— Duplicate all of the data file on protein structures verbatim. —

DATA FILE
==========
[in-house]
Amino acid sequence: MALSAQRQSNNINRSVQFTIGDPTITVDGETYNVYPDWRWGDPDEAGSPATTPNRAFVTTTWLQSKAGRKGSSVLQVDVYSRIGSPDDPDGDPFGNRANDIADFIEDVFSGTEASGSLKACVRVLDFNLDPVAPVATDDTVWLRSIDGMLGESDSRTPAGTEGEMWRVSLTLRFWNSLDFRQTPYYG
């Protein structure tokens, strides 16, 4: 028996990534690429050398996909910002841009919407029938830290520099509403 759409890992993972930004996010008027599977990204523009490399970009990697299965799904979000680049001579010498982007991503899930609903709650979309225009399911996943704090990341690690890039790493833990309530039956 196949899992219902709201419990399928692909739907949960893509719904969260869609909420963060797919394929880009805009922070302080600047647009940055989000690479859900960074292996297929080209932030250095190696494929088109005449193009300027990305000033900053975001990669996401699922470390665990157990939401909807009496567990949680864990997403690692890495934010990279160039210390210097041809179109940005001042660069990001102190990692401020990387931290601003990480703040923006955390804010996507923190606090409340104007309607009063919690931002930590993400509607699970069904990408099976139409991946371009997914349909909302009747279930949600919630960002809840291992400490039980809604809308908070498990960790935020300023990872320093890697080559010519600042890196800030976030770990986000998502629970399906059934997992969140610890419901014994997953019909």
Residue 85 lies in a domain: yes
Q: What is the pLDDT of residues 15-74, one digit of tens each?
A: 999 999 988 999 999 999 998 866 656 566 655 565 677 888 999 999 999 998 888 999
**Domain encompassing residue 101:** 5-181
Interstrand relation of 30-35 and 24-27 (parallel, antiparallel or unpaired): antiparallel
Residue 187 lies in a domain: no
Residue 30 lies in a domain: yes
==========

[in-house]
Amino acid sequence: MALSAQRQSNNINRSVQFTIGDPTITVDGETYNVYPDWRWGDPDEAGSPATTPNRAFVTTTWLQSKAGRKGSSVLQVDVYSRIGSPDDPDGDPFGNRANDIADFIEDVFSGTEASGSLKACVRVLDFNLDPVAPVATDDTVWLRSIDGMLGESDSRTPAGTEGEMWRVSLTLRFWNSLDFRQTPYYG
């Protein structure tokens, strides 16, 4: 028996990534690429050398996909910002841009919407029938830290520099509403 759409890992993972930004996010008027599977990204523009490399970009990697299965799904979000680049001579010498982007991503899930609903709650979309225009399911996943704090990341690690890039790493833990309530039956 196949899992219902709201419990399928692909739907949960893509719904969260869609909420963060797919394929880009805009922070302080600047647009940055989000690479859900960074292996297929080209932030250095190696494929088109005449193009300027990305000033900053975001990669996401699922470390665990157990939401909807009496567990949680864990997403690692890495934010990279160039210390210097041809179109940005001042660069990001102190990692401020990387931290601003990480703040923006955390804010996507923190606090409340104007309607009063919690931002930590993400509607699970069904990408099976139409991946371009997914349909909302009747279930949600919630960002809840291992400490039980809604809308908070498990960790935020300023990872320093890697080559010519600042890196800030976030770990986000998502629970399906059934997992969140610890419901014994997953019909």
Residue 85 lies in a domain: yes
Q: What is the pLDDT of residues 15-74, one digit of tens each?
A: 999 999 988 999 999 999 998 866 656 566 655 565 677 888 999 999 999 998 888 999
**Domain encompassing residue 101:** 5-181
Interstrand relation of 30-35 and 24-27 (parallel, antiparallel or unpaired): antiparallel
Residue 187 lies in a domain: no
Residue 30 lies in a domain: yes